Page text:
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Tips for Safe Sleep for Babies

Tips for Safe Sleep for Babies


It’s a big topic for the parents of new babies, and one that can bring anxiety with each new evening. In addition to questioning when, if, and how your baby will sleep, it’s also important to consider sleep safety. There are a few important things to remember when putting your baby to sleep:

  • ALONE. Your baby should sleep alone in a crib or bassinet. The AAP recommends room sharing until your baby is at least six months old, meaning the crib or bassinet is near enough to you that you can hear baby as they sleep. Remove any stuffed animals, blankets, bumpers, or pillows. Bed sharing puts babies at risk of suffocation, strangulation, and sudden infant death syndrome (SIDS). Studies have shown that bed sharing is the most common cause of death in babies three months and younger.
  • ON THEIR BACK. You should lay your baby down to sleep on their back. After three or four months, the baby may roll over in their sleep, but always start them on their back at nap and at bedtime.
  • IN A CRIB. Baby should sleep on a firm, flat surface in a crib or bassinet. Do not prop baby up on an incline or use wedges or devices marketed for SIDS prevention. Baby should never sleep in bed with an adult, sibling, or pet.
  • IN YOUR ROOM. Keep baby in your room and close to your bed, but on a separate surface designed for infants. Ideally baby will stay in your room for the first year, but at least the first six months.
  • NO SMOKING. Babies are at a higher risk of SIDS if their caregivers or others in their home smoke. Keep a smoke-free environment for your baby’s health. Remember that smokers carry secondhand smoke on their clothing and skin, which poses risks to your baby even if they smoked at a different location. Ask visitors to wash their hands before touching your baby, and request they not smoke before visiting.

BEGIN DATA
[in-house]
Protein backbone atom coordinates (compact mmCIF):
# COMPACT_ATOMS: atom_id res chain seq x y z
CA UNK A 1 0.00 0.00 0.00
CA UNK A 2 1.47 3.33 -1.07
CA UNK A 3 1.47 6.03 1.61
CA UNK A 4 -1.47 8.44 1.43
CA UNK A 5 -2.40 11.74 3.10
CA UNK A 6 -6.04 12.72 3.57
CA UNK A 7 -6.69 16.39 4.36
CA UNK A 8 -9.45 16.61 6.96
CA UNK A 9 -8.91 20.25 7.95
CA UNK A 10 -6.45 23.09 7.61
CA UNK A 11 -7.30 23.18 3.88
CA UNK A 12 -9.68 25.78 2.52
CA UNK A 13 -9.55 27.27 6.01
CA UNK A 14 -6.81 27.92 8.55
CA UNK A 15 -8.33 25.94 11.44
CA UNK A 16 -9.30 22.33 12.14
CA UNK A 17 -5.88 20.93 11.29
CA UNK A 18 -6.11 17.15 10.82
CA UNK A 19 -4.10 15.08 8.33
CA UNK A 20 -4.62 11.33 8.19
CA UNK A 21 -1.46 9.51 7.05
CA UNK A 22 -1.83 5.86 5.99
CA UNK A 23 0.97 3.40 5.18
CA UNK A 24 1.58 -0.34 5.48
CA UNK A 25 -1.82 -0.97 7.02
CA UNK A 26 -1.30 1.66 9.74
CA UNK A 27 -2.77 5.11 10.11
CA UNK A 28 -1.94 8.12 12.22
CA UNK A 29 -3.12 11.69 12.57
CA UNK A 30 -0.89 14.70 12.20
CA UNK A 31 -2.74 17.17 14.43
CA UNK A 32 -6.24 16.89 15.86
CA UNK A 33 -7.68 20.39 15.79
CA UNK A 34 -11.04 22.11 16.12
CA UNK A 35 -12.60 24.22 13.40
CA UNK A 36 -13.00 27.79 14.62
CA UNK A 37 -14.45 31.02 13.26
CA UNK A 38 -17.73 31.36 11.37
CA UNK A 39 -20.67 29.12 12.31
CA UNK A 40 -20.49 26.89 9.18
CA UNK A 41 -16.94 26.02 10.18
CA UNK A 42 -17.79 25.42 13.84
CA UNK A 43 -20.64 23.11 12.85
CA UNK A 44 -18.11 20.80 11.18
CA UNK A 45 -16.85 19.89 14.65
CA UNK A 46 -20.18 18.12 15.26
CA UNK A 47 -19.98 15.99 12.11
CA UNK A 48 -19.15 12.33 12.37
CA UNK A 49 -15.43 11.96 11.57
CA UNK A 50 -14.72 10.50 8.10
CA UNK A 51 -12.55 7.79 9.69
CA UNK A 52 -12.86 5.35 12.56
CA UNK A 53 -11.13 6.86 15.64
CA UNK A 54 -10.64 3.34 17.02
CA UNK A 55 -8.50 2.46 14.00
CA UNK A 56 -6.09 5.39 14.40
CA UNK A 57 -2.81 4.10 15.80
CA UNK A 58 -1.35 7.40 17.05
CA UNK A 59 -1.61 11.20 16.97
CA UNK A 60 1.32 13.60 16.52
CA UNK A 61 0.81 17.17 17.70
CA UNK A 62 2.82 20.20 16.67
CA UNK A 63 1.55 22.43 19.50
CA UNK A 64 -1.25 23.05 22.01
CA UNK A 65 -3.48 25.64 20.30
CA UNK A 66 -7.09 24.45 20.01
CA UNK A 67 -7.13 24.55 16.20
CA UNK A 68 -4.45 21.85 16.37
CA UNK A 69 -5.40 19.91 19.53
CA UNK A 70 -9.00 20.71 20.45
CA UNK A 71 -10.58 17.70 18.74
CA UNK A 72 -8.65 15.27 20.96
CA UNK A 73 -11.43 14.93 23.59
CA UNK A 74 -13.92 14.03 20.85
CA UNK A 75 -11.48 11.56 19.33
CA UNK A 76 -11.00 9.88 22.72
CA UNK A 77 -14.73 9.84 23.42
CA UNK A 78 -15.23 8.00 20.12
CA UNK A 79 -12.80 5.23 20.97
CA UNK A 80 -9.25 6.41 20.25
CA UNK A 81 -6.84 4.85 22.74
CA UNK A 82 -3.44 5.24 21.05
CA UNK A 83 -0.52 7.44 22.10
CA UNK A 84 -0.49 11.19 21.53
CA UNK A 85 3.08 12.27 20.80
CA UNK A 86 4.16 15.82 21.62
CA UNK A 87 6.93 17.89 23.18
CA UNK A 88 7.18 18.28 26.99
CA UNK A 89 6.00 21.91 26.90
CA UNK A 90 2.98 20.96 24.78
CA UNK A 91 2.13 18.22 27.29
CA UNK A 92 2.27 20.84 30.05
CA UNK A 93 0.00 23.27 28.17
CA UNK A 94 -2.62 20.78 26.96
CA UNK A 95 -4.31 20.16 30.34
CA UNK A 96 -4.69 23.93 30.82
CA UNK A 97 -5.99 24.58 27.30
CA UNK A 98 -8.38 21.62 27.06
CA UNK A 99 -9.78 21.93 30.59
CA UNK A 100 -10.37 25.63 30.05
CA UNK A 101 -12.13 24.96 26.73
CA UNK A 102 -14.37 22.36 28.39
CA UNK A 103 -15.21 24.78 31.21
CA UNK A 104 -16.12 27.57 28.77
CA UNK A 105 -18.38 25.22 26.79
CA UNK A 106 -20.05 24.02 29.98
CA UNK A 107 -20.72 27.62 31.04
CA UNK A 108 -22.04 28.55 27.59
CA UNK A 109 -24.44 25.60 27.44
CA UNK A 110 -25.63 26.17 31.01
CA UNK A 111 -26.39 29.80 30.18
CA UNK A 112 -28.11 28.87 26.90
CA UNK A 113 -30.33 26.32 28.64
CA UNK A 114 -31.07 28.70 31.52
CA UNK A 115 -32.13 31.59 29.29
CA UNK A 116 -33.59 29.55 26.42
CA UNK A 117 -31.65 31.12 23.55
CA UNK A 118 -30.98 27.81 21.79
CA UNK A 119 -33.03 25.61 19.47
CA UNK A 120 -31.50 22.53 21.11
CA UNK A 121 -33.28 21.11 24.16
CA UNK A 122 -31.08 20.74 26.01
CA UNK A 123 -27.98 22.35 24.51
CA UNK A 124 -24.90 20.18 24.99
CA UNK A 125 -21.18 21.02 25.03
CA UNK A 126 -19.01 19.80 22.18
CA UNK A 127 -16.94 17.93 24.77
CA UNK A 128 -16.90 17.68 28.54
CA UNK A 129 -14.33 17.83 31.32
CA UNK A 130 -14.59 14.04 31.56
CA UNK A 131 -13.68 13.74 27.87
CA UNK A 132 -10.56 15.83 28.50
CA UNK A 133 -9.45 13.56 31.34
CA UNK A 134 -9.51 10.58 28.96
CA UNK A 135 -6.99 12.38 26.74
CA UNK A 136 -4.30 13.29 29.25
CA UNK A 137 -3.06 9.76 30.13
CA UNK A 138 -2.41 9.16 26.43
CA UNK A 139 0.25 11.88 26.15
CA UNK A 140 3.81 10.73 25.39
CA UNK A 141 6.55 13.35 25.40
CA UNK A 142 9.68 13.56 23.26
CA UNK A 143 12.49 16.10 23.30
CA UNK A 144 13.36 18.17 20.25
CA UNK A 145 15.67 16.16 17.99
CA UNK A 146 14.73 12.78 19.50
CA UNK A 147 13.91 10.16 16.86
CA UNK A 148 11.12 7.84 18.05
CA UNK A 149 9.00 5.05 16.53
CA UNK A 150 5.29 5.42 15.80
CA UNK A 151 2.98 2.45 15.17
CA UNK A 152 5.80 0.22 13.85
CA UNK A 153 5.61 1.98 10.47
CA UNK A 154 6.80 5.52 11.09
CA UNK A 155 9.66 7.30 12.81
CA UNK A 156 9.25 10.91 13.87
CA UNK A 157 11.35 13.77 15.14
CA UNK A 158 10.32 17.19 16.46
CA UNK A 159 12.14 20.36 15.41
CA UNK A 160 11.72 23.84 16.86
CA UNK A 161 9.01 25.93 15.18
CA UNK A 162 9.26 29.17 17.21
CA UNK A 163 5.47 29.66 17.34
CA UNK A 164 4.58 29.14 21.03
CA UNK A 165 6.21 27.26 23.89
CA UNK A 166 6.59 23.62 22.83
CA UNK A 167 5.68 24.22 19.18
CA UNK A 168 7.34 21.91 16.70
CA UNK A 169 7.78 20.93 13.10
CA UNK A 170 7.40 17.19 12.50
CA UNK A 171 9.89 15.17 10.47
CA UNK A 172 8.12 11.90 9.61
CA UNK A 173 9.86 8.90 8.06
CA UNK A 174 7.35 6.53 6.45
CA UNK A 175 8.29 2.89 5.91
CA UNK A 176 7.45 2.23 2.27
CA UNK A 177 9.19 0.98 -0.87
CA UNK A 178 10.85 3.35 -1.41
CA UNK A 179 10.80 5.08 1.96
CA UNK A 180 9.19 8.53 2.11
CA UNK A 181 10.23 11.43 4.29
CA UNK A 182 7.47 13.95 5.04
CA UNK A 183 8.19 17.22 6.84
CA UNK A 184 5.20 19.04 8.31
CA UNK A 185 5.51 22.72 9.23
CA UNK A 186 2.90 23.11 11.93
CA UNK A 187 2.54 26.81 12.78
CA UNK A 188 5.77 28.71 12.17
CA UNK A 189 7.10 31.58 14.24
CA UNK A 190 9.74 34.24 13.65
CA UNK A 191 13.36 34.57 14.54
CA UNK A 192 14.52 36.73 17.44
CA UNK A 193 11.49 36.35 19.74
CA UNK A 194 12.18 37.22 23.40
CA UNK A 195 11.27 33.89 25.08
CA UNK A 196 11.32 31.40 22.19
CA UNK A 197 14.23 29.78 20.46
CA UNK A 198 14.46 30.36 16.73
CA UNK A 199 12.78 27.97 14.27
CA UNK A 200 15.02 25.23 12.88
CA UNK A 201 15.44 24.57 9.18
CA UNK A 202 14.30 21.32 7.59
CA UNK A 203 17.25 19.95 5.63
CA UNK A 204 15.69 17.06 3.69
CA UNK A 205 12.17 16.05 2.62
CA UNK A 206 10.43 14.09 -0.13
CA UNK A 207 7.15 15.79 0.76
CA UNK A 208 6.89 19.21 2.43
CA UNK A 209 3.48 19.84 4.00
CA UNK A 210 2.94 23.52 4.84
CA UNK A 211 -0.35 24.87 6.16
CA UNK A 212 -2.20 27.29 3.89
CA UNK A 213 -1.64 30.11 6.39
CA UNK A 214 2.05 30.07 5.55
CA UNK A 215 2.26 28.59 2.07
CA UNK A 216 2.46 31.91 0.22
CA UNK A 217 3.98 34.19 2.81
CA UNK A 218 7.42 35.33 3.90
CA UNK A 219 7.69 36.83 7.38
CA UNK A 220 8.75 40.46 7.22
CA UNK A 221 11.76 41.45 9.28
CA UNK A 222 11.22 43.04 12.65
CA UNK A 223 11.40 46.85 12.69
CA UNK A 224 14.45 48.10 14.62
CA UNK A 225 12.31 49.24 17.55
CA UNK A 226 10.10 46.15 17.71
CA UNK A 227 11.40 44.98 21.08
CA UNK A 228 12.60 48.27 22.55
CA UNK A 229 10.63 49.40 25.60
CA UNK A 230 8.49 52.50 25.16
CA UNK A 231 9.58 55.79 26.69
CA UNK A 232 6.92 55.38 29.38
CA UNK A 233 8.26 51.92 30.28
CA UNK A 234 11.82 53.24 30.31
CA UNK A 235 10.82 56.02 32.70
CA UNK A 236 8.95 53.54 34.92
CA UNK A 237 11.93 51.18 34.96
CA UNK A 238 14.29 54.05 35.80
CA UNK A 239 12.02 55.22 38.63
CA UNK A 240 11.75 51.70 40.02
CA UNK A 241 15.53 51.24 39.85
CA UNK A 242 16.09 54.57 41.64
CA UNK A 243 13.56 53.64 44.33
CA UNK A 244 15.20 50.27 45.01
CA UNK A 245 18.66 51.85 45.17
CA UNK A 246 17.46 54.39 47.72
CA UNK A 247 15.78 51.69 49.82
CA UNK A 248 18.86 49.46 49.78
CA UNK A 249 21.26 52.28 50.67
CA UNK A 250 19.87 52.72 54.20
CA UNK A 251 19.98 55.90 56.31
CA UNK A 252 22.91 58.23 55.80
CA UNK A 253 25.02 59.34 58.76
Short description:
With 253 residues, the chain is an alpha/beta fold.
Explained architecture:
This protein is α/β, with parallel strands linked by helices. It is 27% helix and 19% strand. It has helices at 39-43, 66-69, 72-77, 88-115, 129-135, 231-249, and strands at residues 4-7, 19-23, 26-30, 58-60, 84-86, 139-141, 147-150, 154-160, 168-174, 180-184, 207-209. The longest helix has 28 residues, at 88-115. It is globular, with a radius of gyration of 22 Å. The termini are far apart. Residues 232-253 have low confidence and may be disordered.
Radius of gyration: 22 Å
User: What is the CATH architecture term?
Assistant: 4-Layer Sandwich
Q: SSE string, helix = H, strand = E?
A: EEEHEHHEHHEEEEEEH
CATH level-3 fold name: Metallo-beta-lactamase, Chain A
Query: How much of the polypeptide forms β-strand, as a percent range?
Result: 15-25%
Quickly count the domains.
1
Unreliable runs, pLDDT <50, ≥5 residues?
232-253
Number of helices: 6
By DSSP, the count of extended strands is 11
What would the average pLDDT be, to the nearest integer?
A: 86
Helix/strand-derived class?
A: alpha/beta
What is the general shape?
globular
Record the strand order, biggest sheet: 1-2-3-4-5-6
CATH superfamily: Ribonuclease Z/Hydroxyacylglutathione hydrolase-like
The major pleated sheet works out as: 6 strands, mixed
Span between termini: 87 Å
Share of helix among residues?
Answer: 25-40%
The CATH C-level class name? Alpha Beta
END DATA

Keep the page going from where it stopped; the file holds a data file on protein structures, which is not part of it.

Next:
• BREASTFEEDING is associated with a reduced risk of SIDS. The AAP recommends exclusive breastfeeding for the first six months, if possible. (But remember—fed is best. If you are struggling with breastfeeding, our lactation consultants can help! Call 540.741.4465 or click here to schedule a consultation with one of our certified lactation consultant nurses. Consultations are covered by most insurances.)
  • PACIFIERS reduce the risk of SIDS for all babies. Think about giving your baby a pacifier for naps and nighttime sleep to reduce the risk of SIDS. Do not attach the pacifier to anything like a string, clothing, stuffed toy, or blanket that carries the risk for suffocation. Wait until breastfeeding is well established (usually around 3-4 weeks) before offering a pacifier.
  • STAY COOL. Do not let your baby get too hot during sleep. Dress your baby in sleep clothing, such as a wearable blanket, designed to keep him or her warm without the need for loose blankets in the sleep area. Do not over bundle – keep baby’s face and head uncovered during sleep. Research links an increase in SIDS risk with too many layers of clothing and high room temperature.
  • STAY UP TO DATE ON VACCINES. Follow your healthcare provider’s guidance on your baby’s vaccines and regular health checkups.
  • NO BREATHING MONITORS NECESSARY. Do not use heart or breathing monitors in the home to reduce the risk of SIDS.

Mary Washington Hospital has been recognized as a Safe Sleep Leader by the National Safe Sleep Hospital Certification program since 2019 and is dedicated to the safe sleep of all babies in the community we serve. Our team educates new parents on the best practices for safe sleep, so that everyone can rest easier. For more education on safe sleep practices, visit